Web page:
Blood Oil: Tyrants, Violence and the Rules that Run the World
Leif Wenar Oxford University Press, 494 pages, $34.95
Look at the tablet or the paper that you are reading. Its making will probably involve oil, minerals or metals. Some of those resources will have come from a country whose government steals from and oppresses its citizens. By one estimate, almost 10 percent of what the average American household spends on gasoline each year goes directly into the coffers of such regimes. This is a nasty, if familiar, thought. But Leif Wenar, a philosopher at King's College London, pushes these ideas further, with uncomfortable consequences. Wenar's philosophy is influenced by the writings of the young Karl Marx, who maintained that the daily grind of economic life makes it hard for people to live up to their political ideals. In jargon-free prose, Wenar argues persuasively that Western consumers are blinded to the fact that international trade still operates according to the "law of the jungle."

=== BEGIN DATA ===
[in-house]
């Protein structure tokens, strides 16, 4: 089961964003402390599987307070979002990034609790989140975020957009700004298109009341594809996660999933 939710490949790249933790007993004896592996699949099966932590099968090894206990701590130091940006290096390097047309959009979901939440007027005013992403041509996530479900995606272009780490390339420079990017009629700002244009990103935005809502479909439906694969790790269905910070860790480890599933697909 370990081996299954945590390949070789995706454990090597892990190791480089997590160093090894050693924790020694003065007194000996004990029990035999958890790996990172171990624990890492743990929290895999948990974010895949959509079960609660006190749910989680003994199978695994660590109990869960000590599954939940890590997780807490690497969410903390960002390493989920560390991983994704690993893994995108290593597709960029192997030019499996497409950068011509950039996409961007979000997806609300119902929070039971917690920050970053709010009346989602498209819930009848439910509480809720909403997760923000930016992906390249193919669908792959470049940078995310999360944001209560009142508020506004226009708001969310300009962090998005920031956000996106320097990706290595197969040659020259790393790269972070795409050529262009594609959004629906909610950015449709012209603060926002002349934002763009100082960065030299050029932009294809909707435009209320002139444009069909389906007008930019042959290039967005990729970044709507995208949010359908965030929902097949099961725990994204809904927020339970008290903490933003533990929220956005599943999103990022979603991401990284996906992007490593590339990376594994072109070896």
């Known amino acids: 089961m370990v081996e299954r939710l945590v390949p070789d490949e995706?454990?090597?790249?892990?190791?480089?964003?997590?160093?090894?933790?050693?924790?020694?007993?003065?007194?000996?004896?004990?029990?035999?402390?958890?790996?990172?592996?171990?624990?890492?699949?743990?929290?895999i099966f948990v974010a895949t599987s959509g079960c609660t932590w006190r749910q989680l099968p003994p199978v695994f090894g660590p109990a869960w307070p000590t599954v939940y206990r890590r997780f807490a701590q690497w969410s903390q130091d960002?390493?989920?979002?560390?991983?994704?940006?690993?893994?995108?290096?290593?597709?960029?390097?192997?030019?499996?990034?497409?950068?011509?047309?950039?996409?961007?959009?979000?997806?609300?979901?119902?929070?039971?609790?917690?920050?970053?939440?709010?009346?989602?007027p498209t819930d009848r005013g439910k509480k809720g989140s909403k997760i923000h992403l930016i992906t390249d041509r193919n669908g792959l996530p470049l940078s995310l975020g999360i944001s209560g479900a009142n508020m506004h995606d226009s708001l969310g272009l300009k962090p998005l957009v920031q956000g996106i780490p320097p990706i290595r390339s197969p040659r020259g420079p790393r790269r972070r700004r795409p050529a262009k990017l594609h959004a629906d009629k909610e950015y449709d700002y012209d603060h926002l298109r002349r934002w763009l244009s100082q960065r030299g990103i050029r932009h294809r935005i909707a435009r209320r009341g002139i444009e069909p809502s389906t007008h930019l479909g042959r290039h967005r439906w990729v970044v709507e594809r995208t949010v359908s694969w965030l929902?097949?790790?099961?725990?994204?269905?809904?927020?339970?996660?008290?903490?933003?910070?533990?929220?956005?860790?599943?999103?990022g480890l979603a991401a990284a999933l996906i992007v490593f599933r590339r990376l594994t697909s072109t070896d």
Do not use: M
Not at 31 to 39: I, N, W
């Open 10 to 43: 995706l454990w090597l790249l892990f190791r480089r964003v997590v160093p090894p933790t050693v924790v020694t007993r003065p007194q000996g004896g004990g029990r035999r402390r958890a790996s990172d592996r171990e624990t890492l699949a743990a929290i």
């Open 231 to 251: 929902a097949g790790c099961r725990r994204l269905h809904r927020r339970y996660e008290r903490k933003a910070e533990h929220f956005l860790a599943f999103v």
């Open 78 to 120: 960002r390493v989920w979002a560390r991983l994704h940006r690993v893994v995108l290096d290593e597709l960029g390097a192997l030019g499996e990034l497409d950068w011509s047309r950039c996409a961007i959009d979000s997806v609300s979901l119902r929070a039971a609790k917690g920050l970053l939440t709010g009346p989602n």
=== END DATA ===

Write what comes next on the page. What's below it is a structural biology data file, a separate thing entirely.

For Wenar, the answer is simply to stop buying natural resources from nasty regimes. Wenar sees the situation today as analogous to Britain's abolition of the slave trade in the early 19th century. Most readers will find this comparison less than convincing. Wenar does makes more practical suggestions, though — for example, that Norway, a country that imports almost no oil from unfree countries, should make a symbolic pledge never to do so. Wenar's failure to suggest a workable solution is, paradoxically, the most powerful part of the book. He reveals a horrible truth: that global free trade is, at times, bound up in blood.